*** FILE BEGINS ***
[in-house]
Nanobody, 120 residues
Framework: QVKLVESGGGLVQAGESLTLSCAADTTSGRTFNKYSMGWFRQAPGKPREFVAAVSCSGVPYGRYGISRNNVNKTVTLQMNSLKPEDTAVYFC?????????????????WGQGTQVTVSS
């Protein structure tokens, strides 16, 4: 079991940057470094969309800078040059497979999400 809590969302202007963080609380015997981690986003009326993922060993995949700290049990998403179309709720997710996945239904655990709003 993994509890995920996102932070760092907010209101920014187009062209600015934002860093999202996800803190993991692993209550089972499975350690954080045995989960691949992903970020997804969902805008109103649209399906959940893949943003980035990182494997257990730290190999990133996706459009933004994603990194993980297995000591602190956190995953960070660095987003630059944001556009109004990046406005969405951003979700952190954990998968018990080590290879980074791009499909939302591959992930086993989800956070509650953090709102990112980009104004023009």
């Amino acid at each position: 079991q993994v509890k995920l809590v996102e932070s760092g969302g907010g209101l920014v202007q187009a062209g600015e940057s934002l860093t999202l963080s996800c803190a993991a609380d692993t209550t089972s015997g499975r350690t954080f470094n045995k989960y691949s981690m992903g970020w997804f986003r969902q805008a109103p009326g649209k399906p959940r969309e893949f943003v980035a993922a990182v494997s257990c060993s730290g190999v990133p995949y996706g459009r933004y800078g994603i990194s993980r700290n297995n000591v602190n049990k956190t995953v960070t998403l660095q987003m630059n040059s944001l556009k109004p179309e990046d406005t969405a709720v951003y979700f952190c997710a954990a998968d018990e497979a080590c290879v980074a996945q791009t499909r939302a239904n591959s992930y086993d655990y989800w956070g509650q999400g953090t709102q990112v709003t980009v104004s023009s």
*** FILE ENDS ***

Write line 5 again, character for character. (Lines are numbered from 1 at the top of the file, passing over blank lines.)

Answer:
């Amino acid at each position: 079991q993994v509890k995920l809590v996102e932070s760092g969302g907010g209101l920014v202007q187009a062209g600015e940057s934002l860093t999202l963080s996800c803190a993991a609380d692993t209550t089972s015997g499975r350690t954080f470094n045995k989960y691949s981690m992903g970020w997804f986003r969902q805008a109103p009326g649209k399906p959940r969309e893949f943003v980035a993922a990182v494997s257990c060993s730290g190999v990133p995949y996706g459009r933004y800078g994603i990194s993980r700290n297995n000591v602190n049990k956190t995953v960070t998403l660095q987003m630059n040059s944001l556009k109004p179309e990046d406005t969405a709720v951003y979700f952190c997710a954990a998968d018990e497979a080590c290879v980074a996945q791009t499909r939302a239904n591959s992930y086993d655990y989800w956070g509650q999400g953090t709102q990112v709003t980009v104004s023009s």